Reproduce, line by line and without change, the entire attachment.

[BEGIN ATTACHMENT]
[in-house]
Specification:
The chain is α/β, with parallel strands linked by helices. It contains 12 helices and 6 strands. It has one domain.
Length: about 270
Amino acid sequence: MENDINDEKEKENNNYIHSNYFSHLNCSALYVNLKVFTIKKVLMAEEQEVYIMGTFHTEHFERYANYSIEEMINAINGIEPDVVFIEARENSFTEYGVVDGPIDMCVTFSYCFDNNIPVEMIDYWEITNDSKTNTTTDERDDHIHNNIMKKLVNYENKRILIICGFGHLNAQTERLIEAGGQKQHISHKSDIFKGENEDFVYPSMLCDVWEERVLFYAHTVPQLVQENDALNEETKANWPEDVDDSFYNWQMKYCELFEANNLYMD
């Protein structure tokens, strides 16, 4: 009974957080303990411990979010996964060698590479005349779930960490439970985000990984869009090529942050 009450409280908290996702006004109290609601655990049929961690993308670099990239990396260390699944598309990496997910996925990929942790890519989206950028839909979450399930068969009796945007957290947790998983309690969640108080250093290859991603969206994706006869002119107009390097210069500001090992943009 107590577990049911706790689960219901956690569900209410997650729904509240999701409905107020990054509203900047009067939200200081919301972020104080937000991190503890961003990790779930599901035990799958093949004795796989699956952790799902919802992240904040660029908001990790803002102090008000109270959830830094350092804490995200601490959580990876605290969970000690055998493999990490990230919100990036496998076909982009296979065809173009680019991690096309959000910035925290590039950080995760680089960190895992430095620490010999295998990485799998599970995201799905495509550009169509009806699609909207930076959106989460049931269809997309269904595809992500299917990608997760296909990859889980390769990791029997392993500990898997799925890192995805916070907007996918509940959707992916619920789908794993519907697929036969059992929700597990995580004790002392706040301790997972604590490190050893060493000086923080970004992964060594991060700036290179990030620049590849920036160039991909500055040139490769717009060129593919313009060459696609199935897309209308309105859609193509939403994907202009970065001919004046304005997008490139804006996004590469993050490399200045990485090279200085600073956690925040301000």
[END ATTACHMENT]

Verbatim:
[in-house]
Specification:
The chain is α/β, with parallel strands linked by helices. It contains 12 helices and 6 strands. It has one domain.
Length: about 270
Amino acid sequence: MENDINDEKEKENNNYIHSNYFSHLNCSALYVNLKVFTIKKVLMAEEQEVYIMGTFHTEHFERYANYSIEEMINAINGIEPDVVFIEARENSFTEYGVVDGPIDMCVTFSYCFDNNIPVEMIDYWEITNDSKTNTTTDERDDHIHNNIMKKLVNYENKRILIICGFGHLNAQTERLIEAGGQKQHISHKSDIFKGENEDFVYPSMLCDVWEERVLFYAHTVPQLVQENDALNEETKANWPEDVDDSFYNWQMKYCELFEANNLYMD
């Protein structure tokens, strides 16, 4: 009974957080303990411990979010996964060698590479005349779930960490439970985000990984869009090529942050 009450409280908290996702006004109290609601655990049929961690993308670099990239990396260390699944598309990496997910996925990929942790890519989206950028839909979450399930068969009796945007957290947790998983309690969640108080250093290859991603969206994706006869002119107009390097210069500001090992943009 107590577990049911706790689960219901956690569900209410997650729904509240999701409905107020990054509203900047009067939200200081919301972020104080937000991190503890961003990790779930599901035990799958093949004795796989699956952790799902919802992240904040660029908001990790803002102090008000109270959830830094350092804490995200601490959580990876605290969970000690055998493999990490990230919100990036496998076909982009296979065809173009680019991690096309959000910035925290590039950080995760680089960190895992430095620490010999295998990485799998599970995201799905495509550009169509009806699609909207930076959106989460049931269809997309269904595809992500299917990608997760296909990859889980390769990791029997392993500990898997799925890192995805916070907007996918509940959707992916619920789908794993519907697929036969059992929700597990995580004790002392706040301790997972604590490190050893060493000086923080970004992964060594991060700036290179990030620049590849920036160039991909500055040139490769717009060129593919313009060459696609199935897309209308309105859609193509939403994907202009970065001919004046304005997008490139804006996004590469993050490399200045990485090279200085600073956690925040301000």